At this point in his career, each new Dean McPhee release feels like a legitimate event, as he surfaces quite rarely and always hits me with at least one absolutely stunning piece when he does. Consequently, this review could probably be condensed to merely "Dean McPhee has a new album," as that would convey everything necessary to perk up the ears of most people already familiar with his body of achingly beautiful, slow-burning guitar magic. Unsurprisingly, Witch's Ladder does nothing to dash those dauntingly high expectations, as it picks up right where 2017's Four Stones left off and that one was a very strong contender for McPhee‚Äôs finest album. And now Witch's Ladder is a strong contender for that honor as well. Beyond that, the only salient details are that the cover art comes from visionary symbolist painter Agnes Pelton and that the album's second half is a near-perfect two-song run of hauntingly sublime beauty.
Given his association with the Folklore Tapes milieu, McPhee's unusual choice of cover art is not a surprise, but it is a telling detail that provides some insight into what he seems to be reaching towards with his own work. When reading The Whitney's description of last year's Pelton exhibition, I was repeatedly struck by phrases like "meditative stillness," "shimmering veils of light," and "awareness of a world that lay behind physical appearances." All of those phrases are apt for the five songs of Witch's Ladder as well, but McPhee admirably finds an ingenious array of ways to get there. That said, the pieces do all share a rough foundational aesthetic of "fingerpicked 'folk music' played on an electric guitar," though each either ultimately builds into something considerably more transcendent or blossoms into quietly beautiful psychedelia in the margins. All are excellent and feature emotively smoldering or lyrically melodic solos at their core, but the most interesting twists occur in the final three pieces (in ascending order of brilliance, no less). In "Red Lebanese," for example, the winding and languorously smoke-like melody fitfully evokes a trippy synth spiraling off into space, while "Eksdale Path" unexpectedly coheres into a killer "dual-guitar harmony" passage. As much as I love "Eksdale Path," however, it is immediately eclipsed by the epic closer, as "Witch's Ladder" is basically three songs' worth of killer ideas seamlessly blended into one. In fact, I had not even finished typing "sounds like the twin-guitar attack of classic Iron Maiden just dropped by for a surprisingly tasteful cameo" before it turned into a hallucinatory duel between intertwining forwards and backwards guitar melodies (or at least a convincing illusion of it). It is a characteristically mesmerizing bit of show-stealing slow-motion sorcery, but the show already quite wonderful beforehand, as there truly is not a single wasted note on this album. Witch's Ladder is another instant classic from Dean McPhee.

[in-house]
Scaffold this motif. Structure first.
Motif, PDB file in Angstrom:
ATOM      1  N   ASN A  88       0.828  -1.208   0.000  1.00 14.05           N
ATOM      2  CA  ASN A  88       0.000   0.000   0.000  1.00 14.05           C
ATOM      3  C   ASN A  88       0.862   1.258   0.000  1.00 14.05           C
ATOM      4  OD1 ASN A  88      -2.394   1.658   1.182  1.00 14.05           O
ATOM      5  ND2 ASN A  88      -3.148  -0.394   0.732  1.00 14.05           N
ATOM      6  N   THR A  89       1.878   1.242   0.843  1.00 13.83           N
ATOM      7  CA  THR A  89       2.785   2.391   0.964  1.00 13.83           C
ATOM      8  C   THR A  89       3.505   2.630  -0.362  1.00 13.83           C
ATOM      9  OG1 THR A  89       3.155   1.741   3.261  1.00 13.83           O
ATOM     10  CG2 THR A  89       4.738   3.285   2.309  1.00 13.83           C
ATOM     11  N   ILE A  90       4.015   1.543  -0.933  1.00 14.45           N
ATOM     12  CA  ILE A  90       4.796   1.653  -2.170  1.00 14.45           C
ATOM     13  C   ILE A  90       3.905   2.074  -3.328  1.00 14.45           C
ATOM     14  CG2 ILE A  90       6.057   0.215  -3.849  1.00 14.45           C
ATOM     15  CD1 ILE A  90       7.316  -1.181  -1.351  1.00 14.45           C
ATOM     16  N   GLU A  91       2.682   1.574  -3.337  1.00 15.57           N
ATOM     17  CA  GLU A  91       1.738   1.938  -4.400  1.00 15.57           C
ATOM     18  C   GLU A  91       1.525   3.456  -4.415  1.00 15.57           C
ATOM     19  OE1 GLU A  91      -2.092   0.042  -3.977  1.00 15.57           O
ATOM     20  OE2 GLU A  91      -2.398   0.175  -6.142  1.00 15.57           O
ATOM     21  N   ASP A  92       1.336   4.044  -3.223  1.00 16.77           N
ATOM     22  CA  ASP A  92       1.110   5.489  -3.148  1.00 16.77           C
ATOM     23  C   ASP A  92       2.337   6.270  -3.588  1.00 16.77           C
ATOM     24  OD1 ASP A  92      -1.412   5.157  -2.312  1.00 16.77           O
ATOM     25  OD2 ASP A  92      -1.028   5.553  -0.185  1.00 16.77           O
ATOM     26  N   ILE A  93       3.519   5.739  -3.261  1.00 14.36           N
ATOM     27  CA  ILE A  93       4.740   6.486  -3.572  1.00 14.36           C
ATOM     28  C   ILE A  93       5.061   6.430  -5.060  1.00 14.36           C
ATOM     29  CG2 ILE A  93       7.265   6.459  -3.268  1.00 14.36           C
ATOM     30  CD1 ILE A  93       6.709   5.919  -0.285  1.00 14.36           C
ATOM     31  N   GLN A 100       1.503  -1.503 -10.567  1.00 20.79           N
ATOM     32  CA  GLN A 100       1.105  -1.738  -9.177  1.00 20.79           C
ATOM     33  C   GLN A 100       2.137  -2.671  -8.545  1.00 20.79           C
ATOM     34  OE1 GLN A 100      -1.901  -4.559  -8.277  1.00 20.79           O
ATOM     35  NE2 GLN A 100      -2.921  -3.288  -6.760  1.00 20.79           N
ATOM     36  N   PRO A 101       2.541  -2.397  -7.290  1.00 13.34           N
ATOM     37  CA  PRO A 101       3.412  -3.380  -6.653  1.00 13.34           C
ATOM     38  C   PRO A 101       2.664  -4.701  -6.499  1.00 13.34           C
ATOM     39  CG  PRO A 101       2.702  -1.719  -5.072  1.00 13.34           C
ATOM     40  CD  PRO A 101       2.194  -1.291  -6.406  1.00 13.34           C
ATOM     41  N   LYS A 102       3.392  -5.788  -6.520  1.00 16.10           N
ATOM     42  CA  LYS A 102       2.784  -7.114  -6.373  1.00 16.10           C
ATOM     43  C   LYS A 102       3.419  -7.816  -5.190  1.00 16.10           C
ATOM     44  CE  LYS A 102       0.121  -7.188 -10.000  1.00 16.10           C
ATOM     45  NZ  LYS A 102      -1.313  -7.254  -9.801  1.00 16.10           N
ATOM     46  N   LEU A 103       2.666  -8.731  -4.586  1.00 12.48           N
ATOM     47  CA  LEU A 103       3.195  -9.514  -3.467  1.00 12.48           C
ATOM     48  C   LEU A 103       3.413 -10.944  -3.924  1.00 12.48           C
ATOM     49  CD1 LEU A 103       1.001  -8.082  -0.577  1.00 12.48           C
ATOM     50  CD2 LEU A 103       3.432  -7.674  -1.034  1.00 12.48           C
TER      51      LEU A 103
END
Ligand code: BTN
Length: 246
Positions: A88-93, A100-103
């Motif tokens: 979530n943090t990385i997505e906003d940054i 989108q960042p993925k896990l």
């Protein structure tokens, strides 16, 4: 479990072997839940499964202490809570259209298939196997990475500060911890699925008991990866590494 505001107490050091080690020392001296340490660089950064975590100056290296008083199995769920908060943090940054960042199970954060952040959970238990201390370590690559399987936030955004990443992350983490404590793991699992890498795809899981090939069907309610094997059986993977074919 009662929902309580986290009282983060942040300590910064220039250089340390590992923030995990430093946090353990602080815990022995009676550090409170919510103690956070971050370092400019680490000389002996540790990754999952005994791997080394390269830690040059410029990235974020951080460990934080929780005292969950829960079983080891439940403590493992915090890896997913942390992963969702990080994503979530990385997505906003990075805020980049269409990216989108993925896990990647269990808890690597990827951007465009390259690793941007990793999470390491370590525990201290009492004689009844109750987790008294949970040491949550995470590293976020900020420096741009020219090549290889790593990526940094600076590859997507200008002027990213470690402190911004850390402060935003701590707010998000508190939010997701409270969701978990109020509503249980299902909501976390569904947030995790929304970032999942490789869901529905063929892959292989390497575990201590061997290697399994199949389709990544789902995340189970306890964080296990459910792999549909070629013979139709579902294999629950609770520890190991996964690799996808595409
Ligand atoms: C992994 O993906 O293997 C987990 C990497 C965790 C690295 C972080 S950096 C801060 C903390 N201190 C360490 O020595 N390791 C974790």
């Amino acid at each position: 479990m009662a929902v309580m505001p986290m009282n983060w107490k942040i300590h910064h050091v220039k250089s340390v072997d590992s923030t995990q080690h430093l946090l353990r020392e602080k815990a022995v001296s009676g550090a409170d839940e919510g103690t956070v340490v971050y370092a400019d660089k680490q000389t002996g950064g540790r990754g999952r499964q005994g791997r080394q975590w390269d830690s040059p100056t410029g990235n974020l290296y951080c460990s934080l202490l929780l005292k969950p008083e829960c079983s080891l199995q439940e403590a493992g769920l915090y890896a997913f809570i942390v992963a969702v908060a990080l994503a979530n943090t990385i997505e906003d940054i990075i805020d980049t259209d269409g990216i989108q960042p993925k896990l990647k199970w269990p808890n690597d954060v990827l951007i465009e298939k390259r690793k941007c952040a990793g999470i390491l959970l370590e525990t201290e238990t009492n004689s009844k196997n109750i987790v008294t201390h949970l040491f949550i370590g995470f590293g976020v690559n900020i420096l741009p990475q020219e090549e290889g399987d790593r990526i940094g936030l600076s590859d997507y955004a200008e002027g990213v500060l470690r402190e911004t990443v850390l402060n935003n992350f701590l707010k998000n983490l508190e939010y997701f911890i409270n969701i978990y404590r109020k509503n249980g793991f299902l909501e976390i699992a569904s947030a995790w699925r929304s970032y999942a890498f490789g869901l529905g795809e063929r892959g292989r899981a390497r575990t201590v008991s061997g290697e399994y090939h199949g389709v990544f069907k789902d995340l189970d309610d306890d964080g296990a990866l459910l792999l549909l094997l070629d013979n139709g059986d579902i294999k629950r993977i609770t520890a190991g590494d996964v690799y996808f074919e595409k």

Samples can be found here.